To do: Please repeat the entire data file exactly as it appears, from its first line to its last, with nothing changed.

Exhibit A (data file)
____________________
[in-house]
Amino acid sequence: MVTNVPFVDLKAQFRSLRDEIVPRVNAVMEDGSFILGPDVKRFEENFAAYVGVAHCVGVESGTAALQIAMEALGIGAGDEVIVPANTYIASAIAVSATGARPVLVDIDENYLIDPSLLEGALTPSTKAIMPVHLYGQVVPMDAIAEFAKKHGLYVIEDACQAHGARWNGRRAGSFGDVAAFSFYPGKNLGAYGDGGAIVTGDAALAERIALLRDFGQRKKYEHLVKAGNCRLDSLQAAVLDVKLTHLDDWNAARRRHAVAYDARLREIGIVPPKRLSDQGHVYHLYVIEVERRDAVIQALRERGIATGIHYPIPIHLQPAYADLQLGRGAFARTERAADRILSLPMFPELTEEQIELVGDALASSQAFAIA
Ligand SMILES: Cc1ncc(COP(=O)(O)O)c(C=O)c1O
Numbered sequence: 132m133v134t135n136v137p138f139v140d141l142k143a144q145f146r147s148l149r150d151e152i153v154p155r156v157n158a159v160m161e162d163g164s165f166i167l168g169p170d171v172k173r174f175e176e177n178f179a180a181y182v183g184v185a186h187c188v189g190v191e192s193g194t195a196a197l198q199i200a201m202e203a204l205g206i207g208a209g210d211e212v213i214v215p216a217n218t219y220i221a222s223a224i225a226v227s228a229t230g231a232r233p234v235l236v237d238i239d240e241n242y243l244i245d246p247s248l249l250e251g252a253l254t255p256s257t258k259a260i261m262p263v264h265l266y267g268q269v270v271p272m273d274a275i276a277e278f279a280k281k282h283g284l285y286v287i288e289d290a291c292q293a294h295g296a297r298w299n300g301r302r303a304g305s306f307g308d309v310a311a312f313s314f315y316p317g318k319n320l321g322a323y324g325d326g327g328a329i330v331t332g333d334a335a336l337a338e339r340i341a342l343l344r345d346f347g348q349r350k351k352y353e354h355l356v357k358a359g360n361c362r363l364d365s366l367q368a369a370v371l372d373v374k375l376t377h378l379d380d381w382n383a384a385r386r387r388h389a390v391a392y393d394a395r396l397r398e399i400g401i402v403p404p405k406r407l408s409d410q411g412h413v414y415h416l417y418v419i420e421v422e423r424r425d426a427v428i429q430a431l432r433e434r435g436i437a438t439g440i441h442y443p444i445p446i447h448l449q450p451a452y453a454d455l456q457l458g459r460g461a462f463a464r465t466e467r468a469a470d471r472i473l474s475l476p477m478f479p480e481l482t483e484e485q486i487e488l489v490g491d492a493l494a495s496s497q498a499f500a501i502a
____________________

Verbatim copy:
[in-house]
Amino acid sequence: MVTNVPFVDLKAQFRSLRDEIVPRVNAVMEDGSFILGPDVKRFEENFAAYVGVAHCVGVESGTAALQIAMEALGIGAGDEVIVPANTYIASAIAVSATGARPVLVDIDENYLIDPSLLEGALTPSTKAIMPVHLYGQVVPMDAIAEFAKKHGLYVIEDACQAHGARWNGRRAGSFGDVAAFSFYPGKNLGAYGDGGAIVTGDAALAERIALLRDFGQRKKYEHLVKAGNCRLDSLQAAVLDVKLTHLDDWNAARRRHAVAYDARLREIGIVPPKRLSDQGHVYHLYVIEVERRDAVIQALRERGIATGIHYPIPIHLQPAYADLQLGRGAFARTERAADRILSLPMFPELTEEQIELVGDALASSQAFAIA
Ligand SMILES: Cc1ncc(COP(=O)(O)O)c(C=O)c1O
Numbered sequence: 132m133v134t135n136v137p138f139v140d141l142k143a144q145f146r147s148l149r150d151e152i153v154p155r156v157n158a159v160m161e162d163g164s165f166i167l168g169p170d171v172k173r174f175e176e177n178f179a180a181y182v183g184v185a186h187c188v189g190v191e192s193g194t195a196a197l198q199i200a201m202e203a204l205g206i207g208a209g210d211e212v213i214v215p216a217n218t219y220i221a222s223a224i225a226v227s228a229t230g231a232r233p234v235l236v237d238i239d240e241n242y243l244i245d246p247s248l249l250e251g252a253l254t255p256s257t258k259a260i261m262p263v264h265l266y267g268q269v270v271p272m273d274a275i276a277e278f279a280k281k282h283g284l285y286v287i288e289d290a291c292q293a294h295g296a297r298w299n300g301r302r303a304g305s306f307g308d309v310a311a312f313s314f315y316p317g318k319n320l321g322a323y324g325d326g327g328a329i330v331t332g333d334a335a336l337a338e339r340i341a342l343l344r345d346f347g348q349r350k351k352y353e354h355l356v357k358a359g360n361c362r363l364d365s366l367q368a369a370v371l372d373v374k375l376t377h378l379d380d381w382n383a384a385r386r387r388h389a390v391a392y393d394a395r396l397r398e399i400g401i402v403p404p405k406r407l408s409d410q411g412h413v414y415h416l417y418v419i420e421v422e423r424r425d426a427v428i429q430a431l432r433e434r435g436i437a438t439g440i441h442y443p444i445p446i447h448l449q450p451a452y453a454d455l456q457l458g459r460g461a462f463a464r465t466e467r468a469a470d471r472i473l474s475l476p477m478f479p480e481l482t483e484e485q486i487e488l489v490g491d492a493l494a495s496s497q498a499f500a501i502a